Also, there is Kyrenia Castle here, one of Cyprus’ bulwarks in the times of the Arab raids of the island. You can spend time in the harbour having lunch in one of the many small restaurants.

Prices in cafes in Northern Cyprus are much lower than in Southern Cyprus. A lunch for two will cost you around 40 Euros (salad 2-3 Euros, hot dishes about 10 Euros, a glass of beer or homemade wine about 2-3 Euros). Euros can be swapped for Turkish Liras in one of the exchange booths located here in great numbers. As a rule most eateries take both Euros and credit cards.

Hotels-Casinos

Hotels-Casinos in Northern Cyprus

Life on Northern Cyprus differs greatly from Southern Cyprus by its rhythm. Compared with Southern Cyprus, the atmosphere here is quite different: there is none of the quiet routine typical in coastal cities of the Greek part of the island. During the week most of the customers are typically men, but come lunchtimes and weekends young girls and women also gather to spend time with friends.

There are also a great number of hotel-casinos in the centre of Kyrenia. Among other things, we can have dinner in a quiet, relaxing atmosphere. Don’t worry that dinner in such a place will be expensive – there is not much difference here and a restaurant in the harbour. For instance, a dinner in a restaurant of a hotel will cost around 50 Euros for two (the price of a meat plate is about 5 Euros, salad 5-6 Euros and a main dish 10-15 Euros).

Of course, you can have a cheaper meal in Northern Cyprus. If you go from Kyrenia towards the village of Lapta, you will find a significant number of cafes and restaurants of varying grades.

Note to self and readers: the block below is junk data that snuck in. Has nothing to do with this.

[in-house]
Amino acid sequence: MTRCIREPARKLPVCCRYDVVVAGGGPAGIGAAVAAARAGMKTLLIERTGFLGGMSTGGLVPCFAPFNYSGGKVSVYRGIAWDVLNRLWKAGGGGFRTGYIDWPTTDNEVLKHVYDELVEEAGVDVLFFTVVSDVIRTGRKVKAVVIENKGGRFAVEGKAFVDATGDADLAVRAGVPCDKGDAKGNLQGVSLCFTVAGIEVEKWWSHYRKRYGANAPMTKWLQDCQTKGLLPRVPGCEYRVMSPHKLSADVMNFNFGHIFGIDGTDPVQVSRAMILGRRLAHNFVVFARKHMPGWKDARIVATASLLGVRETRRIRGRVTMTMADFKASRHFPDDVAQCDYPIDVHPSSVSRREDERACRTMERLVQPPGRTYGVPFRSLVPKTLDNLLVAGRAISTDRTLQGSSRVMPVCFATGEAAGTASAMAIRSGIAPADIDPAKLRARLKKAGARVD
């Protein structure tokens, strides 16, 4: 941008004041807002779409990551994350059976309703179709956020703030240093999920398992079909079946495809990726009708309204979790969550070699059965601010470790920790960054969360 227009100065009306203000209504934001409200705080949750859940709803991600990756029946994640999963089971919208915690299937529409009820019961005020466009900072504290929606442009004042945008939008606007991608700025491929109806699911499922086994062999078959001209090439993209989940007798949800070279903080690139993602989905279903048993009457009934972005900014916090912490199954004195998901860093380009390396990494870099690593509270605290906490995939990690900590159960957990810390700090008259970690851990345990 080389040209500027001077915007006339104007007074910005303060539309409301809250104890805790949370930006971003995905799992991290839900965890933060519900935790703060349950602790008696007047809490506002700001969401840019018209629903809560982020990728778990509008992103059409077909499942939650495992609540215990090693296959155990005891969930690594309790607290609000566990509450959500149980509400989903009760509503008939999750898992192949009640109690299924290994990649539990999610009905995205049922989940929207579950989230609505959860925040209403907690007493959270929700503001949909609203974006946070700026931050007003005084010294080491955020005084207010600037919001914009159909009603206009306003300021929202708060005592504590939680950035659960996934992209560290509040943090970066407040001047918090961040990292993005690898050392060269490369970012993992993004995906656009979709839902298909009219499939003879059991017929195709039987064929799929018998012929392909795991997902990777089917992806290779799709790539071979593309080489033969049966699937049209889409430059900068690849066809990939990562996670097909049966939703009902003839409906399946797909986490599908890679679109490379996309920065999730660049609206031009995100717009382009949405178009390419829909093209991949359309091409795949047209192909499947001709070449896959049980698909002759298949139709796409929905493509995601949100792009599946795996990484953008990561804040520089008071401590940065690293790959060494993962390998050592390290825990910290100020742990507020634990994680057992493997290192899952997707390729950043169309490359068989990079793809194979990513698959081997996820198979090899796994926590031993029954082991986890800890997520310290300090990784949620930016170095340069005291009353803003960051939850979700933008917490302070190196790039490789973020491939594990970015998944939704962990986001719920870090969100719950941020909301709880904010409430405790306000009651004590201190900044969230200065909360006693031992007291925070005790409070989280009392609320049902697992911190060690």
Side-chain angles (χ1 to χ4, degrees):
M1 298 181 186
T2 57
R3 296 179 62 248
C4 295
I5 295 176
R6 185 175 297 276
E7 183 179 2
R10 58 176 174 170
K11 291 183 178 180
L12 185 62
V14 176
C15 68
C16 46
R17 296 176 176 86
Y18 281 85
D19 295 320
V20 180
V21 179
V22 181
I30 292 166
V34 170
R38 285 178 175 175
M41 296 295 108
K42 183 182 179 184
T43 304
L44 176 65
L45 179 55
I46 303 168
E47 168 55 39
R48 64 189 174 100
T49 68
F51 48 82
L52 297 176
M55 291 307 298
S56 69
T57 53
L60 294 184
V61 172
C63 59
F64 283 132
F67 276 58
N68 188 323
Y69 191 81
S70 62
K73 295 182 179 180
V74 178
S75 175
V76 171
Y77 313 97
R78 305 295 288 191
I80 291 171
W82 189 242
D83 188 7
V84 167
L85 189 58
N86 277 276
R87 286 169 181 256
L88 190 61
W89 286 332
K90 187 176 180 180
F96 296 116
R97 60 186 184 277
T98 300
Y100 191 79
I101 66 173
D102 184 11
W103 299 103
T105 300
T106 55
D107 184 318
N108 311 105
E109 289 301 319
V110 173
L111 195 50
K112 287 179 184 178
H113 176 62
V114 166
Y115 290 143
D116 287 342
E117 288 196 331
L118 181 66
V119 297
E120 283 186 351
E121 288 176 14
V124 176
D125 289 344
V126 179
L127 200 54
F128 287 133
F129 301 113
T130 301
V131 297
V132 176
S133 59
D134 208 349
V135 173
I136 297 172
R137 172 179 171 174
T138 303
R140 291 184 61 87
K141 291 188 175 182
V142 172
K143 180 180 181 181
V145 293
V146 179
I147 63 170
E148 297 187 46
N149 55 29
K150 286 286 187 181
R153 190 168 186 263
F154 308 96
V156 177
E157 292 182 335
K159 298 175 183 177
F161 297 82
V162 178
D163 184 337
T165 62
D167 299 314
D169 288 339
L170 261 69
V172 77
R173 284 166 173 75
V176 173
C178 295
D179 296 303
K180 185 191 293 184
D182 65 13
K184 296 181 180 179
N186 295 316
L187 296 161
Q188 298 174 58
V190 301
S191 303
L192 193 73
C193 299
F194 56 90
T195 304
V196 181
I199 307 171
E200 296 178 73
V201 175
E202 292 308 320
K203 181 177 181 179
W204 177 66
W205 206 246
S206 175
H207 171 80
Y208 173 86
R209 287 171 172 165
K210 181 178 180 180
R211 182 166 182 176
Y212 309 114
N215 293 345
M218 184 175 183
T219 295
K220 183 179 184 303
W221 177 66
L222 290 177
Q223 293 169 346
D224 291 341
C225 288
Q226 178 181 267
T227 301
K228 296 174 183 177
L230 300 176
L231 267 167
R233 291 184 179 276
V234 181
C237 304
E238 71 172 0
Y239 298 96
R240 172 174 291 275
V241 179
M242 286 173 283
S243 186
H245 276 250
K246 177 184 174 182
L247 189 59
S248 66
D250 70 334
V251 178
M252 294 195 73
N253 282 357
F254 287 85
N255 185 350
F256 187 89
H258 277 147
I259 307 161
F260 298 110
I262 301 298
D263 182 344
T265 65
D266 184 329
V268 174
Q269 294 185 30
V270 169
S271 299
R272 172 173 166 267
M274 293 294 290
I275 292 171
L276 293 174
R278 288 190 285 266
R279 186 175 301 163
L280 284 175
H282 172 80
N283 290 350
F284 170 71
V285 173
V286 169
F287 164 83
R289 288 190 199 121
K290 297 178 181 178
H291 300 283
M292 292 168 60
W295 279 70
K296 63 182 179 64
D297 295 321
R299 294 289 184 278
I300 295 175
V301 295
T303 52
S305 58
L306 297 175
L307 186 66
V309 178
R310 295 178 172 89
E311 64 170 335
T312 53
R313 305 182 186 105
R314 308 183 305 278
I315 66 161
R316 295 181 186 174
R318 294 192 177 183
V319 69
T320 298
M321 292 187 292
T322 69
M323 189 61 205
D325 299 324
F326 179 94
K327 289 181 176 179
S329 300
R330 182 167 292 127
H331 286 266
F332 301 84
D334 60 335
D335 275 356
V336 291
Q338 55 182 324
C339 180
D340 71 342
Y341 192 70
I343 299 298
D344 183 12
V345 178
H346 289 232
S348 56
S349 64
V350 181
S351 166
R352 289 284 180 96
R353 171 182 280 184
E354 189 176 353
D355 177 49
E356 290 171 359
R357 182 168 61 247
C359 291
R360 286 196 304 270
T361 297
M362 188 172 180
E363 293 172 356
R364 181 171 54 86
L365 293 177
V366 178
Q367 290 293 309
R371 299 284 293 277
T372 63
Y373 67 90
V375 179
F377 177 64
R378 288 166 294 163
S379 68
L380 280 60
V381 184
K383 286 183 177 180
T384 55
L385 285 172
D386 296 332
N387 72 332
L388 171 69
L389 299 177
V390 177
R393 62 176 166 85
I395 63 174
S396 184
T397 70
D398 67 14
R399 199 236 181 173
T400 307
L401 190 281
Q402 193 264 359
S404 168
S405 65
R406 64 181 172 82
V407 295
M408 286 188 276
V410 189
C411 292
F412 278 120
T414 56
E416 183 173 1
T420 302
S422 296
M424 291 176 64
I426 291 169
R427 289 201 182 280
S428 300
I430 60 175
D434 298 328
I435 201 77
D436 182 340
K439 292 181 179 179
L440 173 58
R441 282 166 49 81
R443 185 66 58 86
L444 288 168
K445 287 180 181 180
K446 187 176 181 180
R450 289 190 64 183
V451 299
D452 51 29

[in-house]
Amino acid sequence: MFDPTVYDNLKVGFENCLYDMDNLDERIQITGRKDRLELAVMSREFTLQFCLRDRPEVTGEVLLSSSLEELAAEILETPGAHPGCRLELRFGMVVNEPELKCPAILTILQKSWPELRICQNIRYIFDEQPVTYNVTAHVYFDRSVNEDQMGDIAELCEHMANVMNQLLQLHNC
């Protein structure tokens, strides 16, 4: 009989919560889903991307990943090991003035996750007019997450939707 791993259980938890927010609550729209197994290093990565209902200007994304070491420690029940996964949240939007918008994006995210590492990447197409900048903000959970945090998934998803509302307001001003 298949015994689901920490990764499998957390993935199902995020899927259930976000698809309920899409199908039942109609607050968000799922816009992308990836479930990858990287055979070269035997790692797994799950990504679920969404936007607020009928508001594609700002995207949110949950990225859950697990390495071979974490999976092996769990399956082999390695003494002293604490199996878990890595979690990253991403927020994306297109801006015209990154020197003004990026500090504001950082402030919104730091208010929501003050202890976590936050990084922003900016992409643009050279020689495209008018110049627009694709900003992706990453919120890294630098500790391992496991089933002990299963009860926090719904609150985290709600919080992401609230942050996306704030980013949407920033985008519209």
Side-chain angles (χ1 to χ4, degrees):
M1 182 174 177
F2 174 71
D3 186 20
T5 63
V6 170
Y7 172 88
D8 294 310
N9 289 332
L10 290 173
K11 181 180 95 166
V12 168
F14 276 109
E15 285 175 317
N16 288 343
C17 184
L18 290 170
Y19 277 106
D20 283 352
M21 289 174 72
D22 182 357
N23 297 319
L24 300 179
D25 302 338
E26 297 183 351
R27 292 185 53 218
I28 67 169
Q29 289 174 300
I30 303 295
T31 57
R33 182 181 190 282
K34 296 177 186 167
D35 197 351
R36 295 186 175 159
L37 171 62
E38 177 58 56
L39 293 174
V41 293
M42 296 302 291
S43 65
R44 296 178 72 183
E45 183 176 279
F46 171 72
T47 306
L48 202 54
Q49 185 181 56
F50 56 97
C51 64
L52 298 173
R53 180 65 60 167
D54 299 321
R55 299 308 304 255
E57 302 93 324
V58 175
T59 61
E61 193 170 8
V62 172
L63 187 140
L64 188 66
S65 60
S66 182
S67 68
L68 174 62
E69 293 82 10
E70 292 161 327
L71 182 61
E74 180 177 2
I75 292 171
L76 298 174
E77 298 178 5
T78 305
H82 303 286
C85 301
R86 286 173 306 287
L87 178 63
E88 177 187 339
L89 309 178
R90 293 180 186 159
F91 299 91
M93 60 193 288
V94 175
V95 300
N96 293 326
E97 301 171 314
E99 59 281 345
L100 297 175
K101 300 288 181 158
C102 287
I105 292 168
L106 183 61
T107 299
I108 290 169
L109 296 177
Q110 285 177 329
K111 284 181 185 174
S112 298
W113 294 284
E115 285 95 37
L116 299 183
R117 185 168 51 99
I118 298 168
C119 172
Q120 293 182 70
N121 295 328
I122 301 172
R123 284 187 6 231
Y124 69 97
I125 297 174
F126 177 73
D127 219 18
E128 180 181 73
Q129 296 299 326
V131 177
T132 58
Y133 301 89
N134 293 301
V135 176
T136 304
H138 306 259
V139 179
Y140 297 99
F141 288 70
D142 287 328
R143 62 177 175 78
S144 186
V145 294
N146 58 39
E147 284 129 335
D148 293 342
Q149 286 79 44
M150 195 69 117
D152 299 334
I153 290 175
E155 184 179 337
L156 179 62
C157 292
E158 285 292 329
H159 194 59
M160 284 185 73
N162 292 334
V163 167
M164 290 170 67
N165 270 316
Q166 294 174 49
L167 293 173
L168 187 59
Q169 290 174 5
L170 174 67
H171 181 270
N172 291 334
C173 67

What Is To Be Bought from Northern Cyprus?

Some people want to know what they can buy and bring with them from Northern Cyprus. The range of some goods is wider here than in Southern Cyprus, while prices for many of them are much lower. For example, a good quality bedding set will cost you 30-50 Euros; terry bath towels about 10 Euros.

Supplies to Northern Cyprus сome from Turkey, traditionally famous for good-quality textiles, so it makes sense to look closely at the choices on offer.

 

Souvenirs of Northern CyprusSouvenirs of Northern CyprusSouvenirs of Northern Cyprus

 

There are also many interesting wood handicrafts for home decoration, cosmetics made of olives (for example, you can buy handmade soap made with olives and almonds for about 2 Euros) and other goods.

Northern CyprusBeaches of Northern Cyprus

Those looking for a beach holiday may not like it in Kyrenia as there are only a few good and equipped beaches here.

If you plan to spend time enjoying the warm sand and a developed beach infrastructure, it’s better to go to Famagusta or Каrpasia.

Going Home!

Northern CyprusOn the way back we arrive at the border on Sunday, and although about 30 cars have accumulated on the border, all the necessary border procedures only took us half an hour. As was explained it to us, cars with Cypriot plates shouldn’t have to queue as you do not have to fill in any documents on the way back.

A woman-border guard returned our passports with a smile without even looking at them. «Kalimera!» is the familiar phrase. We are home again!